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How AI Helped Companies Survive COVID-19: 5 Tips for Resilience

Tim Lawes, Sr. Manager for Solutions Consulting at Symphony SummitAI

As the coronavirus pandemic transformed workplaces and workflows, it cast a spotlight on service management and resilient systems. Here are key lessons in how AI can improve your company’s operations moving forward. 

The coronavirus pandemic inaugurated a revolution in the workplace as millions of employees shifted to working remotely to stop the spread of the virus. It also expedited digital acceleration across industries, testing the resilience and scalability of service management systems and forcing many companies to address the inadequacy of their existing solutions. 

Some companies were better poised than others. Their success started with IT Service Management (ITSM) systems that allowed employees to adapt quickly to remote work. These powerful platforms ensured that services for employees continued apace, from IT to HR to marketing, wherever people were located.

What really set these companies apart were AI tools that didn’t just help with the transition to remote work but drove operational efficiency even as human resources were stretched and processes were tested. 

What lessons can we derive from their experience that leaders should be keeping in mind for the future? Here are five lessons for post-pandemic resiliency. 

1) It starts with IT: When the pandemic hit, a wave of service requests – tickets – hit IT departments. Almost everyone needed support and equipment to make the transition to working from home.

Companies with AI-powered service management systems could scale and adapt. Using self-service tools, suggested solutions, and chat-bots, they handled and cleared tickets, while employees with more difficult issues were routed to analysts and technicians best equipped to figure out resolutions. After the initial influx, most employees at these companies were able to remain productive, while IT experts could focus on higher-value tasks and not get bogged down in repetitive tickets. 

2) Working in the cloud: Legacy on-premises tools have long been a drag on digital innovation in the corporate world. But that was never more so than during the pandemic when logging into older on-site systems and overwhelmed VPNs became impossible for many employees. 

Companies that were already operating on cloud-based platforms had limited access issues to resolve. Working in the cloud allowed employees to log in, access the tools they needed, and address their own questions on internal platforms seamlessly from afar.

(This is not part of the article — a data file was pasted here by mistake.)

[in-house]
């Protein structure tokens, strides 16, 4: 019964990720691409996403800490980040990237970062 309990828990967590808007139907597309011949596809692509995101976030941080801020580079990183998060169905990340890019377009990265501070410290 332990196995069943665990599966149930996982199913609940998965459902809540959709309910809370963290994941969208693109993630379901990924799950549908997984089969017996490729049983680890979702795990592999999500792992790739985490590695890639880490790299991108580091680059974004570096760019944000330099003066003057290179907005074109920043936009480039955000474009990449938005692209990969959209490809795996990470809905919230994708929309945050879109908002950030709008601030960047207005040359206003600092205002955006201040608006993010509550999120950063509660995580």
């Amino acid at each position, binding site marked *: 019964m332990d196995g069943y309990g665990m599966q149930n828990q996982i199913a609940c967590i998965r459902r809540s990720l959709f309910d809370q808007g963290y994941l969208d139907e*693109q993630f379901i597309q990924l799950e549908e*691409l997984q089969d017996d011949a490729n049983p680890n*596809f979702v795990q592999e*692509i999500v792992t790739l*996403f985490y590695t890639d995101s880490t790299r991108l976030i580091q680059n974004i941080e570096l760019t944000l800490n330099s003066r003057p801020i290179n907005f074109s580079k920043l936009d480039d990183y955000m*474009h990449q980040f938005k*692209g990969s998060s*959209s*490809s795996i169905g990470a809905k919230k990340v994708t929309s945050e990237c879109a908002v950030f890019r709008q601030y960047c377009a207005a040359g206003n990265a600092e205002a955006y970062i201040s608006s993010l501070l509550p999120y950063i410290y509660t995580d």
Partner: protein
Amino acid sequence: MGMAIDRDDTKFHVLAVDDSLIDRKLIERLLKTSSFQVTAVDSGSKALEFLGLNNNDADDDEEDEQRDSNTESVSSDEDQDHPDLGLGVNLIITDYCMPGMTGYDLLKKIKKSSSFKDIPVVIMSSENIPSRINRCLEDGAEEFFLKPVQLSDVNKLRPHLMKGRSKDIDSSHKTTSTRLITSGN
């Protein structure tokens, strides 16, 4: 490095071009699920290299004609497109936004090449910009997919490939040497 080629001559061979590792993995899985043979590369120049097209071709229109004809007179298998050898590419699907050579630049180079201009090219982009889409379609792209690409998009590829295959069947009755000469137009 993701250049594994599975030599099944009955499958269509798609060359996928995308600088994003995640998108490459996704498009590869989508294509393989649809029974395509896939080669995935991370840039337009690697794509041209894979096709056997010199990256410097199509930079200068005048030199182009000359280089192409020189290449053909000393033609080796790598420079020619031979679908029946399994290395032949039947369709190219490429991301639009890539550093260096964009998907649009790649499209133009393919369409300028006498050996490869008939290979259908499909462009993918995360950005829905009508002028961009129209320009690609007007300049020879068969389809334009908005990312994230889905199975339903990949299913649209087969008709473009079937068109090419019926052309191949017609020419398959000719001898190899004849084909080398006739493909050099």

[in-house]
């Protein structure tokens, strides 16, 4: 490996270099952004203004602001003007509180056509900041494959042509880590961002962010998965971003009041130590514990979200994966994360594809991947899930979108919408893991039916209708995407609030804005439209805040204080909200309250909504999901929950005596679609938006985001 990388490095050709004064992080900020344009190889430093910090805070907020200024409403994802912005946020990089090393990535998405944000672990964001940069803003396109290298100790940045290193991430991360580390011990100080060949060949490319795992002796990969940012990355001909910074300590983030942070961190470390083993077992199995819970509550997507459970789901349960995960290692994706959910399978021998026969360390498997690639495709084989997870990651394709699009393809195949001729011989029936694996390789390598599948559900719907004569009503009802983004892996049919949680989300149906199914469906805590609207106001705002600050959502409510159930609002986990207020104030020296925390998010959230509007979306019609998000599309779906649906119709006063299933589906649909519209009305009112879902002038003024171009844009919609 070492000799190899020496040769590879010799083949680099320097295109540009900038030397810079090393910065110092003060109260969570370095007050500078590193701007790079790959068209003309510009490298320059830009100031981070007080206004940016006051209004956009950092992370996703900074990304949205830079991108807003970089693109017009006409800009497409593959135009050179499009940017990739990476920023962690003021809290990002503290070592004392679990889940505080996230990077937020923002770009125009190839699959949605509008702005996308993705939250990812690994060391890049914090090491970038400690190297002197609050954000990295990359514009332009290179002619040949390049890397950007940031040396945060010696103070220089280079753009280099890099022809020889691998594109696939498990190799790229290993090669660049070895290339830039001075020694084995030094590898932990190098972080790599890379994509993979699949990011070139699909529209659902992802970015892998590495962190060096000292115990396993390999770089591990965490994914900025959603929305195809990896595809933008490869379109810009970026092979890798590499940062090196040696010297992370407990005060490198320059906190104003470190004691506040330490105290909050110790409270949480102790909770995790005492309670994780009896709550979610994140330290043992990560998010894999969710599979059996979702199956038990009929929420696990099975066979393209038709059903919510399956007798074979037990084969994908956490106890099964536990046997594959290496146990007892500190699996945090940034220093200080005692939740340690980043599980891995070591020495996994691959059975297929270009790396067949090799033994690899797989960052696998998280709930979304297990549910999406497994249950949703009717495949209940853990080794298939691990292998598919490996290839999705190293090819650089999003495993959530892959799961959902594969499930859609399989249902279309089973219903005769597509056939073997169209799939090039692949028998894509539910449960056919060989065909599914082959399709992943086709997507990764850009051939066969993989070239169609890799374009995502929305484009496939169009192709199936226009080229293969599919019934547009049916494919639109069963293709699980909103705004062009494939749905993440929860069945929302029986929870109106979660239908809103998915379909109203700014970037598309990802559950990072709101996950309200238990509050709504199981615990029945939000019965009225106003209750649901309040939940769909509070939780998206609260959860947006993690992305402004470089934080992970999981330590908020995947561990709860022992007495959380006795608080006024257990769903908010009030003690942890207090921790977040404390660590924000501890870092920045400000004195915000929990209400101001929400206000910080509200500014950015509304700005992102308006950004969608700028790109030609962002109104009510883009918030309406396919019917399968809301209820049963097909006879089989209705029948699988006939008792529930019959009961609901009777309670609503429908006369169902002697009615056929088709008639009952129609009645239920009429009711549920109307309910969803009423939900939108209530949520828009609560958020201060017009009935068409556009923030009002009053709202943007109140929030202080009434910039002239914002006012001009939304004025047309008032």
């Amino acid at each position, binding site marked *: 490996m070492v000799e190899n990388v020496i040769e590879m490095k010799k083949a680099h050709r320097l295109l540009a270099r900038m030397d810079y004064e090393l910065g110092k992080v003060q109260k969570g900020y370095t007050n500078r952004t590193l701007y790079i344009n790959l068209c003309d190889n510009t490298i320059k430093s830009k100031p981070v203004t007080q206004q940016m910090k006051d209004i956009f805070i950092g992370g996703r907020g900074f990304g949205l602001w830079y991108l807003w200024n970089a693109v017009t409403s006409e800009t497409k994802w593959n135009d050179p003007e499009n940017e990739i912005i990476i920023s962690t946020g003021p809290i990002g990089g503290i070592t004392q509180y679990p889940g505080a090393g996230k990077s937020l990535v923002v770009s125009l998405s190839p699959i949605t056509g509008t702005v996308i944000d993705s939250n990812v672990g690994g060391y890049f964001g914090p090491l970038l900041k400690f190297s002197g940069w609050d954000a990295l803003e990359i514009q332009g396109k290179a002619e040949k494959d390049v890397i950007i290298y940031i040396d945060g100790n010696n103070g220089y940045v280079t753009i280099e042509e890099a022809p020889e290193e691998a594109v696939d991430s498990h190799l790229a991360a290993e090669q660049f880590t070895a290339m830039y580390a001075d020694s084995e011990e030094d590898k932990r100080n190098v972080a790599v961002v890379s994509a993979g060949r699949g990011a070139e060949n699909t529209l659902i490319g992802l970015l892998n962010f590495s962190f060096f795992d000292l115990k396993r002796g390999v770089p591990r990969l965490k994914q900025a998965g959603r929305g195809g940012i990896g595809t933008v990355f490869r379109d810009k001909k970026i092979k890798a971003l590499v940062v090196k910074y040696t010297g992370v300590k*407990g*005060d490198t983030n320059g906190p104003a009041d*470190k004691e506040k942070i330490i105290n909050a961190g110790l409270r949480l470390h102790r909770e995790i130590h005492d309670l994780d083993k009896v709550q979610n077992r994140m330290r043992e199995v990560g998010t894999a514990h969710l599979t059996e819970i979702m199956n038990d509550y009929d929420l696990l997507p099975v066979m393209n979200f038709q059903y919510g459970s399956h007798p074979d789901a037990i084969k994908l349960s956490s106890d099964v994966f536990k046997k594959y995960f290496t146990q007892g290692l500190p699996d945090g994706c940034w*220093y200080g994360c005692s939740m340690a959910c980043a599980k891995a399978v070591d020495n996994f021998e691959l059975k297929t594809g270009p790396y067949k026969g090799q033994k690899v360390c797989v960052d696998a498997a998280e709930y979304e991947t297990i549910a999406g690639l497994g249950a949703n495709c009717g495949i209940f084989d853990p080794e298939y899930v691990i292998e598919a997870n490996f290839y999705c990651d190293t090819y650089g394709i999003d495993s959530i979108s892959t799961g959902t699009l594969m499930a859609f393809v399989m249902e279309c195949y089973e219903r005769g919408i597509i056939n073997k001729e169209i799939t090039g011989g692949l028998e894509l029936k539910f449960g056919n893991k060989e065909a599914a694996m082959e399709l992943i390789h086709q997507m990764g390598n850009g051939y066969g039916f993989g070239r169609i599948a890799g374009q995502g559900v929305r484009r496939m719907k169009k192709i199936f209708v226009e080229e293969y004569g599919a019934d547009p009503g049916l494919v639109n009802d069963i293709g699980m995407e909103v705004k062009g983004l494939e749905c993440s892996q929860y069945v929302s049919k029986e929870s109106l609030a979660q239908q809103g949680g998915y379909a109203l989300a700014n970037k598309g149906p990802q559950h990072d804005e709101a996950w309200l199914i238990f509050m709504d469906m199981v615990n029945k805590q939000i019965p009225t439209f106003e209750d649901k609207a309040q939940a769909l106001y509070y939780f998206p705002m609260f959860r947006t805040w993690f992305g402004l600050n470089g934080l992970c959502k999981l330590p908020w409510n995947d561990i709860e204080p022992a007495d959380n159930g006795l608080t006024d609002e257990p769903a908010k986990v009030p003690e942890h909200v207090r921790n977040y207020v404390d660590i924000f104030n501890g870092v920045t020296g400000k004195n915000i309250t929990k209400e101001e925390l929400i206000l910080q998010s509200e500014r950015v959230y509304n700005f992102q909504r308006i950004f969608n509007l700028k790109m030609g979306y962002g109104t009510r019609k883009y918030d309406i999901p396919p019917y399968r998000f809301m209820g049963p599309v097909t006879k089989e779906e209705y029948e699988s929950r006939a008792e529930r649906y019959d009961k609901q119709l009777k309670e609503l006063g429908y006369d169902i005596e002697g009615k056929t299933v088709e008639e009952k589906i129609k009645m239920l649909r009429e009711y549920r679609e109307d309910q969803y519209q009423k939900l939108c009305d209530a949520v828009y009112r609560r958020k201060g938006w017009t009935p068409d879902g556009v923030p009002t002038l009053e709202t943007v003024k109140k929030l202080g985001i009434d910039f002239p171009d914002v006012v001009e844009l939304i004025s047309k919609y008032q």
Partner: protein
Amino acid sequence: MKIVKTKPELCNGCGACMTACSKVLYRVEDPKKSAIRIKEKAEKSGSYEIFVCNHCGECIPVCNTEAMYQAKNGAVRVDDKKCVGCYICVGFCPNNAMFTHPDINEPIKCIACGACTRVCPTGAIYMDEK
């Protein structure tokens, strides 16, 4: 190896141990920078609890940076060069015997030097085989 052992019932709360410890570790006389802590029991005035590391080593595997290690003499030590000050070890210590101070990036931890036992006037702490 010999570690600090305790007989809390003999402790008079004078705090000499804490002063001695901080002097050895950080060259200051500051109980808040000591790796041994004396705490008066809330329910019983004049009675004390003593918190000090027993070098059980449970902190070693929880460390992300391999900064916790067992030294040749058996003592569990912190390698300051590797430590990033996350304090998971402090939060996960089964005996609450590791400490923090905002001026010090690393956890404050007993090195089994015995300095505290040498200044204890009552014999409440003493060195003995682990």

The success of many companies in creating conducive remote work environments is born in the numbers. A recent Gartner survey found that 48 percent of employees will continue working from home part of the time post-pandemic, compared to 30 percent previously. A McKinsey poll of executives found they planned to reduce office space by almost a third.

3) Operations beyond IT: For successful companies, best practices of service management extend well beyond the IT department. Executives and managers at the companies most resilient during the pandemic were using ITSM systems that tracked assets as well as service-related issues like HR, procurement, legal matters, and other operations and seamlessly linked them together.

Crucially, AI can help combine these functions within a single platform rather than being siloed off in their own specialized app, accessible only to the relevant department. This approach to service management gave leaders a broad view of how the pandemic was impacting services — along with the ability to adapt quickly to unexpected changes and identify worrying trends before they become problems. 

4) Powerful EX platforms: The statistics on digital adoption during the pandemic are staggering, from e-commerce to banking and entertainment. Contactless payments jumped about 30 percent in 2020, while some 40 percent of consumers started streaming videos much more frequently.

Companies that adapted to the pandemic by building strong knowledge resources and utilizing videos, gifs, and screenshot walk-throughs empowered employees during a turbulent time. And, by creating an innovative, ever-growing employee experience that ensured they had the services and tools they needed, employees were able to provide exceptional customer service.

5) Future-oriented systems: The greatest benefit many IT teams saw through their consolidated service management solutions is the ability not only to react to obstacles and opportunities but to become proactive in operational planning.

AI-powered risk management capabilities can process and analyze data from various departments — from IT to HR and asset management — and identify trends in services and assets from across the organization. That includes catching trends that are impacting the bottom line that you might not be looking for. 

Conclusion 

Nobody predicted in early 2020 that we would spend much of the next year in lockdown as scientists raced to develop a vaccine. But some companies were prepared for it. And because of a holistic approach to service management, they were able to continue supporting their employees and serving customers without interruption.

Adapting these lessons will help companies weather and emerge stronger from the next crisis. Because the test of success is not only how quickly you can scale up, but how quickly you can evolve, including when things return to normal. That’s where AI solutions provide flexibility and efficiency that a human-only workforce can’t match. 


About Tim Lawes
Tim Lawes is the Senior Manager for Solutions Consulting at Symphony SummitAI, an ITIL-verified service management solution that leverages the latest advances in AI-powered digital agents and service automation.


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